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Connecting Learning to Life

Making College Make Sense to Your Life

Regardless of your age and your experience, college is an adjustment. You can help yourself make this adjustment by figuring out how to relate your life to your education. Ask yourself this question, “How can I use my strengths, skills, and aptitude to identify a major or career choice?” Many students come to college knowing exactly what they want to do with their lives while other students struggle for years to decide on a major. Consider the concept of “flow” when you are contemplating different career choices. Flow is the state you are in when your skill level is equal to the challenge level of whatever you may be doing. Watch Mihaly Csikszentmihalyi’s TedTalk titled “Flow, the Secret to Happiness” to learn more about the flow state. You will be more satisfied in your day-to-day work if you choose a career that puts you in a state of flow.

If you are still struggling to decide on a major or career field, the Focus 2 Self-Assessment may be the right tool for you. FOCUS is a self-paced, online career and education planning tool for use by college students. It will enable you to self-assess your career relevant personal qualities and explore career fields and major areas of study that are most compatible with your assessment results. Students who use FOCUS make better decisions about their goals and plans and learn how to self-manage their careers. Use FOCUS to help you choose or change your major and also to verify your preferences or early choice of a career field.

If you are struggling to make the connection between college and your life outside of college, read through the ideas below to help you make connections. How will your education help you contribute to your family, community, or tribe? How are you using what you have learned in your day-to-day life? Consider how you can apply what you have learned in class to your life outside of class. Look for connections to what you already knew before class. You will have an increased retention of class content if you can relate it to your prior knowledge and experiences. Make connections with instructors and friends on campus. Instructors are the best and most reliable resource when it comes to questions about classwork. Making new friends on campus is an easy way to find a new study partner. Joining a club or an organization will give you the opportunity to further your learning in something you are interested in outside of the classroom. Use your own cultural history to guide your classroom learning. You may be able to rely on what you have learned from cultural and community leaders.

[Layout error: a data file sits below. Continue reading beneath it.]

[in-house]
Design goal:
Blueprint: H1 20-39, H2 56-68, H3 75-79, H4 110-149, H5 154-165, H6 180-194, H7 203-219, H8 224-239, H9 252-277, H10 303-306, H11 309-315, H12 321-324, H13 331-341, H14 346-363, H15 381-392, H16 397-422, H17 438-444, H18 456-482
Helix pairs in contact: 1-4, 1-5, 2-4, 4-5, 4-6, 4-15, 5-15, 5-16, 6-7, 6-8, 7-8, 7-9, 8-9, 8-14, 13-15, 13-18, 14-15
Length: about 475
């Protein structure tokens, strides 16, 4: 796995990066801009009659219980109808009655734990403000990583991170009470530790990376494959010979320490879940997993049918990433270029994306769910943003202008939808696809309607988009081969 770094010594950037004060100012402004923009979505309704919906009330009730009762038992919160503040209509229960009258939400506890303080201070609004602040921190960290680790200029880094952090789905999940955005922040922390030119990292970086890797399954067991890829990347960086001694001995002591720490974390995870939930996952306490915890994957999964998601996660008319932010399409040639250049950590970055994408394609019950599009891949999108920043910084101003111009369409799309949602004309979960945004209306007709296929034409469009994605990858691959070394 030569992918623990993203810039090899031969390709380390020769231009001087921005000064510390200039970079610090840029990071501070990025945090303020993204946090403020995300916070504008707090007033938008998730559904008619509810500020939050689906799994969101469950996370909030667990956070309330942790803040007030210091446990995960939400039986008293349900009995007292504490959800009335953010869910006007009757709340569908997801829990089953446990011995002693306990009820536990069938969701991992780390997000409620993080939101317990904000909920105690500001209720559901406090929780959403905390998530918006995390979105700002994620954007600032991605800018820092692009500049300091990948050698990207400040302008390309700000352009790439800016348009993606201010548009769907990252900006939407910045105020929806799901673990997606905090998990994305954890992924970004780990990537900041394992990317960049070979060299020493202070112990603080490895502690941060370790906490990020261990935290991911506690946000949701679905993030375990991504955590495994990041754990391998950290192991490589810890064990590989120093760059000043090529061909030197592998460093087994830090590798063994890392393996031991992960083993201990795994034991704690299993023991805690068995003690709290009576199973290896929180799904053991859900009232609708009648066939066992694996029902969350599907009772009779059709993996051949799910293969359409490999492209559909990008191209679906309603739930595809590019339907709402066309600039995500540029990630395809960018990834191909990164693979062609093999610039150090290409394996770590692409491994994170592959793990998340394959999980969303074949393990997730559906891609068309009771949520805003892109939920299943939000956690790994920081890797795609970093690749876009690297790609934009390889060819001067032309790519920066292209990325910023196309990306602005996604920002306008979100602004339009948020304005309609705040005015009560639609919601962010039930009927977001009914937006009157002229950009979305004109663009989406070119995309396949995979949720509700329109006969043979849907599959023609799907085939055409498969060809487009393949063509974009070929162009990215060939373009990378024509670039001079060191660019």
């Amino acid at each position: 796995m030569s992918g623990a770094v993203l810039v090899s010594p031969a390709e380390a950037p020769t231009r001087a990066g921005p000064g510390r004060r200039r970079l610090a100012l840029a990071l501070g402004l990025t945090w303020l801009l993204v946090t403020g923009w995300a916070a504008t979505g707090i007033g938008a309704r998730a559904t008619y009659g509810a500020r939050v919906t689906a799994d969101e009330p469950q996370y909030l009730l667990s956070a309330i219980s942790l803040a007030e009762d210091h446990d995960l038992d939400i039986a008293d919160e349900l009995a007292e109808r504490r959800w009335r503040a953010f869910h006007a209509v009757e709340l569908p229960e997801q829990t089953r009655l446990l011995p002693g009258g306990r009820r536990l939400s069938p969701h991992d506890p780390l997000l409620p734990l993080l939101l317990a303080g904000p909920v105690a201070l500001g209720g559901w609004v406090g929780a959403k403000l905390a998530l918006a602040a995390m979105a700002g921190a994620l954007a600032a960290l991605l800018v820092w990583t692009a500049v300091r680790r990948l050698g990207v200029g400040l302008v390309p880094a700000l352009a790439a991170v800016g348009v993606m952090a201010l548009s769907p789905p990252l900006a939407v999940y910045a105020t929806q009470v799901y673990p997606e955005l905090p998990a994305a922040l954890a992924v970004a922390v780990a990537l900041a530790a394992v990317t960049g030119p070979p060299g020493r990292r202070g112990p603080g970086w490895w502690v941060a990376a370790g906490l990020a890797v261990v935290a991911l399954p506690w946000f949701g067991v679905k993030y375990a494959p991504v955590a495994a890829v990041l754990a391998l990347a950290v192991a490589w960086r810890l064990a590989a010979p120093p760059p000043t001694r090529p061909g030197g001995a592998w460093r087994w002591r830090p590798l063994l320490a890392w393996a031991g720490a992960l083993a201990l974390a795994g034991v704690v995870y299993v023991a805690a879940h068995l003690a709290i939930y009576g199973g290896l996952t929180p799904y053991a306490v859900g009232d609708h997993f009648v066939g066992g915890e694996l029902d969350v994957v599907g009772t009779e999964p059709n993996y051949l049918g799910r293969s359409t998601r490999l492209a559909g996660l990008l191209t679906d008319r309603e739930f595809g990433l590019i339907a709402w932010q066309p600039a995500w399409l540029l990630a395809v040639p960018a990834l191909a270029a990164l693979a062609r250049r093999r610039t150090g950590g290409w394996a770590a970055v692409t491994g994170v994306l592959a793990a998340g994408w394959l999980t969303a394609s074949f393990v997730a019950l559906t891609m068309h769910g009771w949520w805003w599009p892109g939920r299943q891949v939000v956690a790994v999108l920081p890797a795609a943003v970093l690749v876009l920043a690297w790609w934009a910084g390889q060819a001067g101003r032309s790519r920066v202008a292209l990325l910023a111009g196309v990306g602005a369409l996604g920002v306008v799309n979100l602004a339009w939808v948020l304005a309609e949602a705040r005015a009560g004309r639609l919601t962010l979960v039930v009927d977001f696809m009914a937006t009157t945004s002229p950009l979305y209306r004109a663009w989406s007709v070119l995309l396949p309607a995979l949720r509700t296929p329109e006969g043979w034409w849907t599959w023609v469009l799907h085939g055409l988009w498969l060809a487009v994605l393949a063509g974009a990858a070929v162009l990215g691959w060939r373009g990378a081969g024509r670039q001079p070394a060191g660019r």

Coping with Stress

If you are a college student, it is highly likely that at some point you are going to feel stressed. You may feel the most stressed during your first semester when you are adjusting to college life or you may feel the most stressed during your last semester when you are searching for a job. Many students feel the most stressed during mid-terms, finals, or when they have a paper due. Regardless of the time, it is important for you to know what resources you have to rely on when you are feeling stressed.

NEO A&M College has a campus counselor on staff available to meet with students during the fall and spring semesters. If you would like to schedule an appointment to meet with Lori Kurtz, NEO’s campus counselor, visit the directory for her contact information.

If you are unable to meet with the campus counselor, please consider the options below.

  • Grand Lake Mental Health Center
    111 S. Treaty Road
    Miami, Oklahoma 74354
    Phone: 918-273-1841
  • Suicide Prevention Lifeline: 1-800-273-8255
  • Suicide and Crisis Hotline: 1-800-999-9999
  • National Alliance on Mental Illness Helpline: 1-800-950-6264

For a complete listing of hotline numbers, please follow this link.

Check out the Ottawa County Resource Directory (PDF) to find the contact information for various resources in the surrounding area.

For a fresh perspective on stress and new ideas on how to cope, view Kelly McGonigal’s TedTalk titled, “How to Make Stress Your Friend.”

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